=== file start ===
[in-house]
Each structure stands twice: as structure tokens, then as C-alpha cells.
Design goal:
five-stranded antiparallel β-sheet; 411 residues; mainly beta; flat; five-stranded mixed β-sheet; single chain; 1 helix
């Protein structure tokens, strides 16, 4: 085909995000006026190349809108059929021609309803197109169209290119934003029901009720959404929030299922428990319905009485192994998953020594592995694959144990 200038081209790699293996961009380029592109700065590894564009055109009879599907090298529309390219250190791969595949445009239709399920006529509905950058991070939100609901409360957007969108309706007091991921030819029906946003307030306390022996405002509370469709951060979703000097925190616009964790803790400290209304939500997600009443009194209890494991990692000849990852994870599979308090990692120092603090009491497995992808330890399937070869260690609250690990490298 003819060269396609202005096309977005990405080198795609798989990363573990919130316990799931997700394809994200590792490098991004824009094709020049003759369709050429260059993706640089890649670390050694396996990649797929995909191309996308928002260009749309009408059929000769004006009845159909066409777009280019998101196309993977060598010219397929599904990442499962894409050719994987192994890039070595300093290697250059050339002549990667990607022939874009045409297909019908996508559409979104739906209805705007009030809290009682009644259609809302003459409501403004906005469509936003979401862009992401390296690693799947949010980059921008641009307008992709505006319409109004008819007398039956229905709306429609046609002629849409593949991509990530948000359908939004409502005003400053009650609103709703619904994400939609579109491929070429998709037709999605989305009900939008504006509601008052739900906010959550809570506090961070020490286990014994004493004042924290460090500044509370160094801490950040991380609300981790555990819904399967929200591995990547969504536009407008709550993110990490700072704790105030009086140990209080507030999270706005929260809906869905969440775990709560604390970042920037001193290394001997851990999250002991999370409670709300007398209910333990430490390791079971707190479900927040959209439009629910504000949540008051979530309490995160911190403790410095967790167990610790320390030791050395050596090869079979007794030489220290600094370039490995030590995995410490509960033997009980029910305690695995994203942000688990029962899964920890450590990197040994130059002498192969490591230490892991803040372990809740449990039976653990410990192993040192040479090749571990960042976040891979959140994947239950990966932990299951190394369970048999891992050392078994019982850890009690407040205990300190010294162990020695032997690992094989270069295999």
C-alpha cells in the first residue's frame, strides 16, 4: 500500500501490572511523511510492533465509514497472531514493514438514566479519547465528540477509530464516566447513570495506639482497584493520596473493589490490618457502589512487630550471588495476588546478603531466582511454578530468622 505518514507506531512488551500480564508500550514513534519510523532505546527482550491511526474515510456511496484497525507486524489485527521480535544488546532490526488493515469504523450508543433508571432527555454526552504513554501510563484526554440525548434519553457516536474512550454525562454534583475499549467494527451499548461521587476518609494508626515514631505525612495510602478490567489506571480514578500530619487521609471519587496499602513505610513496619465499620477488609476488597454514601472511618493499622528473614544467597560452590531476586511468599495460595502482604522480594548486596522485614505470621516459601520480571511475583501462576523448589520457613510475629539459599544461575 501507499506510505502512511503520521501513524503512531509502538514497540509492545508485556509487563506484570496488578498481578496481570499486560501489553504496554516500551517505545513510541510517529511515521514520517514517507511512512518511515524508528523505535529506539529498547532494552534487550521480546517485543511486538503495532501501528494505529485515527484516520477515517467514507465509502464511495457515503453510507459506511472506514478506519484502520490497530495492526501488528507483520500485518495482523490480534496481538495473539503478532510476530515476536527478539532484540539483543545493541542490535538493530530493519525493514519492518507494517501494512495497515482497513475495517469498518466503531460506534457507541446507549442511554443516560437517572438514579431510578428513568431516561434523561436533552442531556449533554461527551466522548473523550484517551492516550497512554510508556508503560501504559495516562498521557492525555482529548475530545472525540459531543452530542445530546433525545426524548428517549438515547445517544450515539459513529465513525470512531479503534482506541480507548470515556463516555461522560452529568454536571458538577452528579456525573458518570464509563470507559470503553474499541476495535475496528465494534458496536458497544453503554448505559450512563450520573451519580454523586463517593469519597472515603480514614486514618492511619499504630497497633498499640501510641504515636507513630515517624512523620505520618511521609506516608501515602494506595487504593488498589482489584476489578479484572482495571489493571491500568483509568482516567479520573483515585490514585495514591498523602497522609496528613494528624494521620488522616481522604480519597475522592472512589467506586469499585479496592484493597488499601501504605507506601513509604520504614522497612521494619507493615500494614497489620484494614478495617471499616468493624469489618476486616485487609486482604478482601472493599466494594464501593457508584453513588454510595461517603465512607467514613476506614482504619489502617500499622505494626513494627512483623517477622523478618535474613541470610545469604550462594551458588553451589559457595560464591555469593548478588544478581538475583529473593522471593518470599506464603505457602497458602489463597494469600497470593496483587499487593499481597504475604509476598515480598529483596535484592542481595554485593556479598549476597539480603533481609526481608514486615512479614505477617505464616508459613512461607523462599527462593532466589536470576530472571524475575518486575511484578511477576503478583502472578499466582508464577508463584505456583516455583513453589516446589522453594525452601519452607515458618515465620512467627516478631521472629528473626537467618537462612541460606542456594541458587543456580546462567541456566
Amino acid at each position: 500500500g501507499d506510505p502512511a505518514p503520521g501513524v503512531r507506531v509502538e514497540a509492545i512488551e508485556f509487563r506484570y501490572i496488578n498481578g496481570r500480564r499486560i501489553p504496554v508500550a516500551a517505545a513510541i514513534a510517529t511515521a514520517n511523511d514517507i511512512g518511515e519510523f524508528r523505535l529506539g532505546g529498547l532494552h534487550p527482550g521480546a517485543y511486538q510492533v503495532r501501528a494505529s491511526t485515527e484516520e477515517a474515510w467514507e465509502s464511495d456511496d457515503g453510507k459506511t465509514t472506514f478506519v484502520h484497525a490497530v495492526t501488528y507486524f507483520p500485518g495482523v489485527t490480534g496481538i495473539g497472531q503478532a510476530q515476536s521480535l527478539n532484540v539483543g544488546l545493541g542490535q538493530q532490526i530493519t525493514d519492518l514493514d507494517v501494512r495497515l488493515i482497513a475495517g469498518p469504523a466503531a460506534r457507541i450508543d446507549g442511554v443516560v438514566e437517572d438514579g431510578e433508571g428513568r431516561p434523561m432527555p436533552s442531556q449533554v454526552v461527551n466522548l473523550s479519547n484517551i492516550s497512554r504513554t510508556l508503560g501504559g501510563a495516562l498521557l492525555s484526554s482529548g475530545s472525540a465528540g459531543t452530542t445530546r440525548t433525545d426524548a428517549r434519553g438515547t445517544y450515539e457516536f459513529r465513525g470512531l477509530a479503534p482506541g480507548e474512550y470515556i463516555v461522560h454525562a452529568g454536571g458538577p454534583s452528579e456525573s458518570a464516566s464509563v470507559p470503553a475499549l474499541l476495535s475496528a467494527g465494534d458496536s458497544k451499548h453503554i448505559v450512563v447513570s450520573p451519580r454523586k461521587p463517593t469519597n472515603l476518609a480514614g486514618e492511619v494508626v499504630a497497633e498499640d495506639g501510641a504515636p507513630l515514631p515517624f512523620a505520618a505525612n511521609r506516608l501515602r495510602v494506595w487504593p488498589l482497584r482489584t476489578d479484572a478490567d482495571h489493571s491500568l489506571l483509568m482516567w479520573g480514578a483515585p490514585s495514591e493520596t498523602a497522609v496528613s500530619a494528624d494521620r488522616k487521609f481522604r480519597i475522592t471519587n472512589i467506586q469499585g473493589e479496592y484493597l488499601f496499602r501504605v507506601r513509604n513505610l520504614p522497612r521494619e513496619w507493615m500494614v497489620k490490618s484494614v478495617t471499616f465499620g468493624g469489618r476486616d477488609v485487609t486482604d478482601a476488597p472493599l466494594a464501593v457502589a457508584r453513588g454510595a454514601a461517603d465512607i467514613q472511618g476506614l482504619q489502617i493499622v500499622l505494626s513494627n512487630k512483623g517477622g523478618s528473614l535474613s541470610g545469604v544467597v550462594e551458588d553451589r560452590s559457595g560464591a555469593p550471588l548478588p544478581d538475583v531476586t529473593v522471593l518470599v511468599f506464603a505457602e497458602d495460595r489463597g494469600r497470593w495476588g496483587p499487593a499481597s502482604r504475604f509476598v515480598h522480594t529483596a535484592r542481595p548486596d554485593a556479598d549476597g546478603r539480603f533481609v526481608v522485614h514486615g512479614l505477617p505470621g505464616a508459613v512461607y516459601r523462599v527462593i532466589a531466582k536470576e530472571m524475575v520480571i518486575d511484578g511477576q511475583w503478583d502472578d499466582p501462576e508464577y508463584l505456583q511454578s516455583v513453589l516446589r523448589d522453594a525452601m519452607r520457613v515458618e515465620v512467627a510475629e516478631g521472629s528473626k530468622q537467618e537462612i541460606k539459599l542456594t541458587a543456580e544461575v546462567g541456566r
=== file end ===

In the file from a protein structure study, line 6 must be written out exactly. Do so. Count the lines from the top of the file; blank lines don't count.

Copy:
C-alpha cells in the first residue's frame, strides 16, 4: 500500500501490572511523511510492533465509514497472531514493514438514566479519547465528540477509530464516566447513570495506639482497584493520596473493589490490618457502589512487630550471588495476588546478603531466582511454578530468622 505518514507506531512488551500480564508500550514513534519510523532505546527482550491511526474515510456511496484497525507486524489485527521480535544488546532490526488493515469504523450508543433508571432527555454526552504513554501510563484526554440525548434519553457516536474512550454525562454534583475499549467494527451499548461521587476518609494508626515514631505525612495510602478490567489506571480514578500530619487521609471519587496499602513505610513496619465499620477488609476488597454514601472511618493499622528473614544467597560452590531476586511468599495460595502482604522480594548486596522485614505470621516459601520480571511475583501462576523448589520457613510475629539459599544461575 501507499506510505502512511503520521501513524503512531509502538514497540509492545508485556509487563506484570496488578498481578496481570499486560501489553504496554516500551517505545513510541510517529511515521514520517514517507511512512518511515524508528523505535529506539529498547532494552534487550521480546517485543511486538503495532501501528494505529485515527484516520477515517467514507465509502464511495457515503453510507459506511472506514478506519484502520490497530495492526501488528507483520500485518495482523490480534496481538495473539503478532510476530515476536527478539532484540539483543545493541542490535538493530530493519525493514519492518507494517501494512495497515482497513475495517469498518466503531460506534457507541446507549442511554443516560437517572438514579431510578428513568431516561434523561436533552442531556449533554461527551466522548473523550484517551492516550497512554510508556508503560501504559495516562498521557492525555482529548475530545472525540459531543452530542445530546433525545426524548428517549438515547445517544450515539459513529465513525470512531479503534482506541480507548470515556463516555461522560452529568454536571458538577452528579456525573458518570464509563470507559470503553474499541476495535475496528465494534458496536458497544453503554448505559450512563450520573451519580454523586463517593469519597472515603480514614486514618492511619499504630497497633498499640501510641504515636507513630515517624512523620505520618511521609506516608501515602494506595487504593488498589482489584476489578479484572482495571489493571491500568483509568482516567479520573483515585490514585495514591498523602497522609496528613494528624494521620488522616481522604480519597475522592472512589467506586469499585479496592484493597488499601501504605507506601513509604520504614522497612521494619507493615500494614497489620484494614478495617471499616468493624469489618476486616485487609486482604478482601472493599466494594464501593457508584453513588454510595461517603465512607467514613476506614482504619489502617500499622505494626513494627512483623517477622523478618535474613541470610545469604550462594551458588553451589559457595560464591555469593548478588544478581538475583529473593522471593518470599506464603505457602497458602489463597494469600497470593496483587499487593499481597504475604509476598515480598529483596535484592542481595554485593556479598549476597539480603533481609526481608514486615512479614505477617505464616508459613512461607523462599527462593532466589536470576530472571524475575518486575511484578511477576503478583502472578499466582508464577508463584505456583516455583513453589516446589522453594525452601519452607515458618515465620512467627516478631521472629528473626537467618537462612541460606542456594541458587543456580546462567541456566